When the Wind Blows and its sequel, The Lake House
 

MAXIMUM RIDE: The Angel Experiment

James Patterson, Author
James Patterson, Author . Little, Brown $16.99 (432p) ISBN 978-0-316-15556-4
Open Ebook - 978-0-7595-1418-8
Paperback - 481 pages - 978-1-4104-1517-2
Prebound-Glued - 445 pages - 978-0-7569-8343-7
Prebound-Glued - 422 pages - 978-0-7569-8272-0
Book - 1 pages - 978-1-60788-037-0
Ebook - 978-0-7595-6739-9
Ebook - 978-0-7595-1419-5
Compact Disc - 978-1-59483-048-8
Mass Market Paperbound - 448 pages - 978-0-316-05992-3
Hardcover - 480 pages - 978-0-7862-8292-0
Mass Market Paperbound - 440 pages
Prebound-Glued - 440 pages - 978-1-4177-5029-0
Paperback - 422 pages - 978-0-316-06795-9
Open Ebook - 1 pages - 978-0-7595-1417-1
Prebound-Glued - 422 pages - 978-1-4177-7492-0
Peanut Press/Palm Reader - 978-0-7595-1416-4
Compact Disc - 978-1-60024-226-7
Paperback - 454 pages - 978-0-7553-2194-0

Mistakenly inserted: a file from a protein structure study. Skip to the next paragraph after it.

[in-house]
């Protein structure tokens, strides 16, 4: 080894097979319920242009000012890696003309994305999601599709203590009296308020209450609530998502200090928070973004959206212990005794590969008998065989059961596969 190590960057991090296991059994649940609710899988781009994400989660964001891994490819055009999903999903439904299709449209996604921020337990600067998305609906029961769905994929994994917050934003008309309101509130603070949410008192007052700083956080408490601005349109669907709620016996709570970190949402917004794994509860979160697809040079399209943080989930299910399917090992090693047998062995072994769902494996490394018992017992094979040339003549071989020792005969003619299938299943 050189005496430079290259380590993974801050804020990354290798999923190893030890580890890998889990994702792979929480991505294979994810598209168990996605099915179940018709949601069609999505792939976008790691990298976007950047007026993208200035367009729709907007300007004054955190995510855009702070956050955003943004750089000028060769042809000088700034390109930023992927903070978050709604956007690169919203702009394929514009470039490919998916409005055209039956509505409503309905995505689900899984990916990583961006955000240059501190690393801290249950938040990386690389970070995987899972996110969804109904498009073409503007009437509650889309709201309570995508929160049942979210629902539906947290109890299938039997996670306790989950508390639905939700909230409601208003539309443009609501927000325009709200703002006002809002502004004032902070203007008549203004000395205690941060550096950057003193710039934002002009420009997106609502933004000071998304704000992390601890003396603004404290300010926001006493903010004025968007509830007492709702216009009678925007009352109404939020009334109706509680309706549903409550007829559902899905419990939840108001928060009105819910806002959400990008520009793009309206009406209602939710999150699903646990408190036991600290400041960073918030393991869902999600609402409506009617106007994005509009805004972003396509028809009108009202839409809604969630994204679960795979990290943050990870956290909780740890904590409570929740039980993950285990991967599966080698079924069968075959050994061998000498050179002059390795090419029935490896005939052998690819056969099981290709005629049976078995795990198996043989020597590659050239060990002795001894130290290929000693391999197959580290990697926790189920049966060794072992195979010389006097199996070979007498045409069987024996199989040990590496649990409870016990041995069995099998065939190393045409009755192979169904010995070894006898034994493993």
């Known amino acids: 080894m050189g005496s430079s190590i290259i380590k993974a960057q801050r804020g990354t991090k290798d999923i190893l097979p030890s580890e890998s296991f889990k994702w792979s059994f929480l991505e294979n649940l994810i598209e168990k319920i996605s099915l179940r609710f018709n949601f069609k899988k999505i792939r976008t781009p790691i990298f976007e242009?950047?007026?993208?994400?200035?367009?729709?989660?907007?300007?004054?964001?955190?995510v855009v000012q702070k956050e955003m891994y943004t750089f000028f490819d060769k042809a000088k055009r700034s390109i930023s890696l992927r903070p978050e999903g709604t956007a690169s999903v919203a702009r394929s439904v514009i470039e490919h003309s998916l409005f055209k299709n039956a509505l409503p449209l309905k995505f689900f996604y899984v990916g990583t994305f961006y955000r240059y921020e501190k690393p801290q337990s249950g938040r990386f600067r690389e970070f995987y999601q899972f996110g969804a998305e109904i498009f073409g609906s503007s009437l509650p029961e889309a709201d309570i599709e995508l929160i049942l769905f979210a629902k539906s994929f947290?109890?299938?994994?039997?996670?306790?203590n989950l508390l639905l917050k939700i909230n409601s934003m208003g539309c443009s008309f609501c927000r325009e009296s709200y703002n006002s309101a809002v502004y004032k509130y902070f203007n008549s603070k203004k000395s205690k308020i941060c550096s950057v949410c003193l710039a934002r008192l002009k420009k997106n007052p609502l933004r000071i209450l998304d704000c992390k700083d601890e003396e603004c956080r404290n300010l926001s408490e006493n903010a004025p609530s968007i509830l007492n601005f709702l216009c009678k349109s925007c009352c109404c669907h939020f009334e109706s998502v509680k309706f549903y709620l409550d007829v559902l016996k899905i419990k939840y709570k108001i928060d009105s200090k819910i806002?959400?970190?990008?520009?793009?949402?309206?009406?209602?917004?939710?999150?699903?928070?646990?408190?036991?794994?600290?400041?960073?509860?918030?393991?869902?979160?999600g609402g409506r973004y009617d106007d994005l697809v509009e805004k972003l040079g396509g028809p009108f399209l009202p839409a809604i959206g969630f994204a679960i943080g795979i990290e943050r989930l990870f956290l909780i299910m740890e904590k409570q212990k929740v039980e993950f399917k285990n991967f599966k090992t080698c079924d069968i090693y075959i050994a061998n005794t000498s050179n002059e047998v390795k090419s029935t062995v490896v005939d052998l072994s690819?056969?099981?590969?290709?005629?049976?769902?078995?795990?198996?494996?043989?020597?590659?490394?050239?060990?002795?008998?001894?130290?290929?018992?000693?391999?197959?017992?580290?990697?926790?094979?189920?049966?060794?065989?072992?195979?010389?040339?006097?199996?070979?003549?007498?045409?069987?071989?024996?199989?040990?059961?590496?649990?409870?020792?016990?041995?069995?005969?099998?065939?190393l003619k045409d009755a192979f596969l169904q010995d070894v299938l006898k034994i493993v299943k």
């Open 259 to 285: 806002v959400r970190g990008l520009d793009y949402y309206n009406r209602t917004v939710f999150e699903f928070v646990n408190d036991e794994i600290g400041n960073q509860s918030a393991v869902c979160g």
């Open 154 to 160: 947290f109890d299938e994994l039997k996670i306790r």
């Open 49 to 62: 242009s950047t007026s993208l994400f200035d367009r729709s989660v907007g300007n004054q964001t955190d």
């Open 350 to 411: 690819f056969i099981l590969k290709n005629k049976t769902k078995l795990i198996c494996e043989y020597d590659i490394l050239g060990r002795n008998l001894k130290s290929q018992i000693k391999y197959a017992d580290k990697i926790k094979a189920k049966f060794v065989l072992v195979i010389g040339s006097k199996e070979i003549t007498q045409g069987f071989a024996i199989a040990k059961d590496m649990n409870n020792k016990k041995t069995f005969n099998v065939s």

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Thriller writer Patterson takes characters that first appeared in his adult novels When the Wind Blows and its sequel, The Lake House , and places them in an overblown, nearly incomprehensible story pitched at young adults. Max (aka Maximum Ride), the 14-year-old girl from both of the aforementioned novels, leads a band of mutant orphans hiding from the sinister scientists at "the School," who grafted avian DNA onto their genes, giving them wings (plot points established in When the Wind Blows ). When the School's henchmen—"Erasers," "half-men, half-wolves" (one of whom is their rescuer Jeb's seven-year-old son)—kidnap six-year-old Angel, the youngest member of "the flock," Max and company will stop at nothing to rescue her. Well, nothing except to aid a stranger, bond with some real birds, eat lunch and take lengthy naps. The often violent hunt-and-chase plot resembles that of a Saturday morning superhero cartoon. The point of view shifts jerkily before settling into Max's first-person narration, which is self-deprecating but never sounds like a real teen's voice, and the novel is strewn with mutations of nouns-turned-adjectives ("tunnel-visiony," "antisepticky," even "Robin Hoodsy"). Loose ends abound but presumably the sequel, scheduled for 2006, will reveal the identity of the evil "whitecoats" and their motives as well as who owns the Voice speaking inside Max's head. The Patterson name will attract readers; but his fans may be disappointed that this tale never takes flight. Ages 12-up. (Apr.)

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